The Case for Embracing Video Technologies in Government

From police body cameras to virtual city council meetings to deepfakes, video wove its way through the many technology stories of 2020, and state and local IT agencies need to embrace it in their portfolios.

soft focus photo of a computer screen during a zoom meeting
<a href="" target="_blank">Shutterstock/M.Moira</a>
As The Buggles said in 1980, video killed the radio star. To put a government spin on it, “It’s more of a consumer technology,” or “It’s not my department.” In thinking about 2020, however, video has morphed from sleeper to mission-critical technology during the first year of the pandemic.

It isn’t often that a 40-year-old song is weirdly prescient about the repercussions of modern technology, including video, which has been viewed as either a stepchild or taken for granted by the public-sector IT community. Both NASCIO and GT’s sister organization, the Center for Digital Government, have tracked the preferences and priorities of public CIOs over the years. The resulting lists itemize video-adjacent technologies and service delivery needs but have never used the word. They include things like “enabling remote work” through “collaboration platforms and streaming services” to help deliver “online/digital services” and “citizen communication services.” These lists consistently give top ranking to cybersecurity, an element that is fundamental to the integrity of video in all its forms and manifestations.

If the virus is now policy — and it is — then video needs to have a consistent steward as it takes on a vastly expanded role in disrupting the way the public sector gets stuff done in the COVID-19 era. With many school buildings still not operating at capacity, responsibility for figuring out video for online learning has fallen largely to teachers. With many government departments under work-from-home orders, sustaining regular (and sometimes really long) video staff meetings falls to line employees; the same goes for touchless meetings and appointments with members of the public.

Back in the pre-pandemic days, if staff had problems in or with the building, they would call facilities people who had responsibility for the physical infrastructure. Who exactly has that responsibility for this digital video infrastructure? And it is a diverse infrastructure at that. Like the private sector, government’s use of moving pictures has evolved from video conferencing rooms (the predecessors of Zoom) to mobile phones, tablets and laptops.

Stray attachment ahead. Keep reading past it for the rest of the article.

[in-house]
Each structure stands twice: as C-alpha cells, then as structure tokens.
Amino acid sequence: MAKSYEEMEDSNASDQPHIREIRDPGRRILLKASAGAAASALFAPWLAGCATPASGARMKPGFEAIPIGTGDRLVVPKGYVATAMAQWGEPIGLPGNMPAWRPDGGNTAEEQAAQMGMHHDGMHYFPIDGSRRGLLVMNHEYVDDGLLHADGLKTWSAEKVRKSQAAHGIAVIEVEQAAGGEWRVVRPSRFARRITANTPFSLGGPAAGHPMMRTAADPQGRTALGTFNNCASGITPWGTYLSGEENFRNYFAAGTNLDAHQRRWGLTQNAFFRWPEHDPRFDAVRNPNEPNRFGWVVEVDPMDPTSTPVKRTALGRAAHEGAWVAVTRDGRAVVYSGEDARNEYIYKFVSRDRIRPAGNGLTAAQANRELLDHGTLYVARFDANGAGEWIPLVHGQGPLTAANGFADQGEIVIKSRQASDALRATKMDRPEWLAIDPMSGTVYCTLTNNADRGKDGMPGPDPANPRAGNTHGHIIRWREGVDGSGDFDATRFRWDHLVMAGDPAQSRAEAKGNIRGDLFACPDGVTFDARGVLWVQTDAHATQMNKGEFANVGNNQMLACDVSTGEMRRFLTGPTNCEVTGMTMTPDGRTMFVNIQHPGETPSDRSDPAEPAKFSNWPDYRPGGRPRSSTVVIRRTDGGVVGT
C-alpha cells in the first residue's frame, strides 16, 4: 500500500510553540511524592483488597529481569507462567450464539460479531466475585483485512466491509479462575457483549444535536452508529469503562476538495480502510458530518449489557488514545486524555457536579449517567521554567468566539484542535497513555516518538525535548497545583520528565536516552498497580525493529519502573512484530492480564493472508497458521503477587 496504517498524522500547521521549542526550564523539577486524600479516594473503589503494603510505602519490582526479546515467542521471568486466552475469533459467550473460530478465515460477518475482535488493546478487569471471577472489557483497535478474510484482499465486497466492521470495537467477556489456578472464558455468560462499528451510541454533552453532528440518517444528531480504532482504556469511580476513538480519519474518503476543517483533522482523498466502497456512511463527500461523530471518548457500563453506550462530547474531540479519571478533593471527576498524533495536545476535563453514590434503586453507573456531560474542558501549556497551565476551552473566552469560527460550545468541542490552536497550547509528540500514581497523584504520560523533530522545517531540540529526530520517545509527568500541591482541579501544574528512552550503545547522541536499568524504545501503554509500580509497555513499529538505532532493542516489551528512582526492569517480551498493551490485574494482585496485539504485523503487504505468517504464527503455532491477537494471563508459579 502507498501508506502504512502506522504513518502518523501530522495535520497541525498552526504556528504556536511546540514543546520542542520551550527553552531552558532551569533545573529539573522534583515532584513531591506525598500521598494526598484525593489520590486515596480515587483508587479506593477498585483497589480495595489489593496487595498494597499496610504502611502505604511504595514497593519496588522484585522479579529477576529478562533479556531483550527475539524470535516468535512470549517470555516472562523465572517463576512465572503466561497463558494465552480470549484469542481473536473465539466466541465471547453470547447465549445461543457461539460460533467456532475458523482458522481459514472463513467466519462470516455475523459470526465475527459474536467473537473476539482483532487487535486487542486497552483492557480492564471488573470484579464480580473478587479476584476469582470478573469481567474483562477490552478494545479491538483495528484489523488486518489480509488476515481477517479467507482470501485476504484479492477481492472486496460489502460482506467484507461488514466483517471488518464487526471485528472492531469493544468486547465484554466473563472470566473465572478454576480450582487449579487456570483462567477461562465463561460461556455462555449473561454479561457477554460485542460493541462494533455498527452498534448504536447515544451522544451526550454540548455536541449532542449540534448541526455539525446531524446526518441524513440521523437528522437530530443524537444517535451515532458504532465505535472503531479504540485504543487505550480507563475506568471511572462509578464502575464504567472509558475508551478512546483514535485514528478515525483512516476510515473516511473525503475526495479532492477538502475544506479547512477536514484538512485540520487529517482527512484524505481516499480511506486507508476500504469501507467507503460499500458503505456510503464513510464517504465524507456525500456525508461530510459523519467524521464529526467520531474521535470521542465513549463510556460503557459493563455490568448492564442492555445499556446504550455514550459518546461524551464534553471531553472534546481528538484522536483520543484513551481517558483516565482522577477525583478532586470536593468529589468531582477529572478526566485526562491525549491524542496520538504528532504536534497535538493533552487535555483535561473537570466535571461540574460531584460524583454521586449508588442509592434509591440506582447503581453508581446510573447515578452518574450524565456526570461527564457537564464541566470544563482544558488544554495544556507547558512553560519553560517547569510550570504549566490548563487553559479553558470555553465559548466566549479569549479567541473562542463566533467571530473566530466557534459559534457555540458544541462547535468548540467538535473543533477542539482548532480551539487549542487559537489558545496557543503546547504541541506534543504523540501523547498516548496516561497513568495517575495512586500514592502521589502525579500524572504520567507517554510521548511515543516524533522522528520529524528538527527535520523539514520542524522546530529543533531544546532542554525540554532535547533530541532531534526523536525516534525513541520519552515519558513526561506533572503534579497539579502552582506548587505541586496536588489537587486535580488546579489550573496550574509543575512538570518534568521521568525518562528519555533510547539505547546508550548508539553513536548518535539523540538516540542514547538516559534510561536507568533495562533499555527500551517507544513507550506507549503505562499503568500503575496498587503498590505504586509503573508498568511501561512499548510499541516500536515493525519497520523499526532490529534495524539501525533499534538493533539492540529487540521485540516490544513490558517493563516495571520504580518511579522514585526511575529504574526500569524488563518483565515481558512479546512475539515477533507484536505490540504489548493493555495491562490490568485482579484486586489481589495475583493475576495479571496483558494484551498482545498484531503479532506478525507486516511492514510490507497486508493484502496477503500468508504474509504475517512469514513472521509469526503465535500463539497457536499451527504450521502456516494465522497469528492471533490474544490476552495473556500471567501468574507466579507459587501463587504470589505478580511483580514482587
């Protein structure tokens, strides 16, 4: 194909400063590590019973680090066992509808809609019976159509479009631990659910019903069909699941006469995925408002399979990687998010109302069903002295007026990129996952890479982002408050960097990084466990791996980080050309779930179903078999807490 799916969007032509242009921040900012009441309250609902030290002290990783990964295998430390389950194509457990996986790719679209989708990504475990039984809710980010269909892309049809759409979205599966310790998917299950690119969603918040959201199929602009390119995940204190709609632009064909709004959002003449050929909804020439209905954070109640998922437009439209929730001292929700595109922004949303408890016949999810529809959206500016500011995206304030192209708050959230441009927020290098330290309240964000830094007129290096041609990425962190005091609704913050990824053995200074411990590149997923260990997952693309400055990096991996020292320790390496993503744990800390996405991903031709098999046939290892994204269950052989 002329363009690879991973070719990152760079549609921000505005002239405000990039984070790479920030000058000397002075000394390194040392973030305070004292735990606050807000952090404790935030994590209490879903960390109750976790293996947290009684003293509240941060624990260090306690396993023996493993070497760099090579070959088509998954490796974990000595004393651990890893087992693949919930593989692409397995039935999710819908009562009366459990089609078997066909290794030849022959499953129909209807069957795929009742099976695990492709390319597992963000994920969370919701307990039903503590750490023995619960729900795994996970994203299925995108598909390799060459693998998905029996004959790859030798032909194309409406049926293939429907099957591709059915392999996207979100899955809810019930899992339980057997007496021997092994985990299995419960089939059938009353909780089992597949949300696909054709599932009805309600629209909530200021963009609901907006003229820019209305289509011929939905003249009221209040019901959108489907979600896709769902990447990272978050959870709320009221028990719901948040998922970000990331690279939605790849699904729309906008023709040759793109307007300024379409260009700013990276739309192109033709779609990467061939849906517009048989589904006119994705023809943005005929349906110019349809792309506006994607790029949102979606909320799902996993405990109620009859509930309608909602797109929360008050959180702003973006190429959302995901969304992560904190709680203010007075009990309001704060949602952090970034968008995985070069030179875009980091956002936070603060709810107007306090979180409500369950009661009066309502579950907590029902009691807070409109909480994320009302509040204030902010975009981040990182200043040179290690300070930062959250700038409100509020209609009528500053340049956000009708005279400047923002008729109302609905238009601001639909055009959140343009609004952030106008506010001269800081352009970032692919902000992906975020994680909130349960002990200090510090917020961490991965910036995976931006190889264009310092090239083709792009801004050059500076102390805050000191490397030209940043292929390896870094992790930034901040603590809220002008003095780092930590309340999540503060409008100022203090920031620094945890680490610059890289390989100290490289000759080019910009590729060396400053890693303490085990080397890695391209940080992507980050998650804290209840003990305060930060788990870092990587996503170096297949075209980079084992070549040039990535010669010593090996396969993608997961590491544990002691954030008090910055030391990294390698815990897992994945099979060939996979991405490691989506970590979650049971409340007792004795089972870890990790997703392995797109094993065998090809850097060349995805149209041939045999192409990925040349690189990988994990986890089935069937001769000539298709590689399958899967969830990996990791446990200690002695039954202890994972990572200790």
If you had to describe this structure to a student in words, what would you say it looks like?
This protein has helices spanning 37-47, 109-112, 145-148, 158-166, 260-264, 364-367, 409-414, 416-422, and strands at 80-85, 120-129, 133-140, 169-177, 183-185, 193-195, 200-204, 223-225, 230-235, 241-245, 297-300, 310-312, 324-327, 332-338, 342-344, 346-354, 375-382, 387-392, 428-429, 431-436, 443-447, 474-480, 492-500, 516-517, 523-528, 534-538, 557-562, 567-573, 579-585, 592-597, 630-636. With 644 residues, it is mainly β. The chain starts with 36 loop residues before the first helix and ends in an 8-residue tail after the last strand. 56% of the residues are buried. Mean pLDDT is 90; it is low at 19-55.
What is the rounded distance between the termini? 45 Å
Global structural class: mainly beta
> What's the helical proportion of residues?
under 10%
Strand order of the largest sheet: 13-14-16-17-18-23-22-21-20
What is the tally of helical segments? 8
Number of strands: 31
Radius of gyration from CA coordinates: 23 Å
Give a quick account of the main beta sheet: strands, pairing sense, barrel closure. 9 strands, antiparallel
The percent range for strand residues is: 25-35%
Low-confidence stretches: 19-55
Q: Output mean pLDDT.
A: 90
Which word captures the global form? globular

When it works, video looks easy, but that masks myriad complexities: live sources and displays (handheld to wall projected) in the wild, disparate frame rates, uneven bandwidth, and the need to capture it all for future use. These are not entirely new problems, but they are in a much wider context where video is no longer discretionary. Consider the experience of law enforcement.

Public safety was forced to confront video earlier than most civilian agencies, what with the social, political and technological ramifications of ubiquitous surveillance with cameras embedded atop light posts, in response vehicles (dashcams) and on uniforms (body cams).

These efforts push the limits of analytics practices and the ability to index, archive and retrieve data. The experience here may have key learnings for the rest of government.  

An added dimension in all of this that differentiates it from most other technologies is that the questions video raises are about both carriage and content. Deepfakes and cheap fakes — banned by Twitter and Facebook but still easy to find using the search engine of your choice — demonstrate how evolving technologies aid consolidation of the power in society and sow distrust. The fakes are among a panoply of manipulated media and offensive cybertools often used in disinformation. It will take more than artificial intelligence alone to mitigate the effects of the fakes. It will require technical and social solutions, including carbon-based life forms in government who can think through it all.

Video is the most potent and potentially explosive data blob out there. Public IT cannot leave it that way. Not your department? If not IT, then who? Video in all its forms and with all its foibles has not been seen as IT’s issue, but it is IT’s problem.

Paul W. Taylor is the Executive Editor at E.Republic and of its flagship titles - Government Technology and Governing.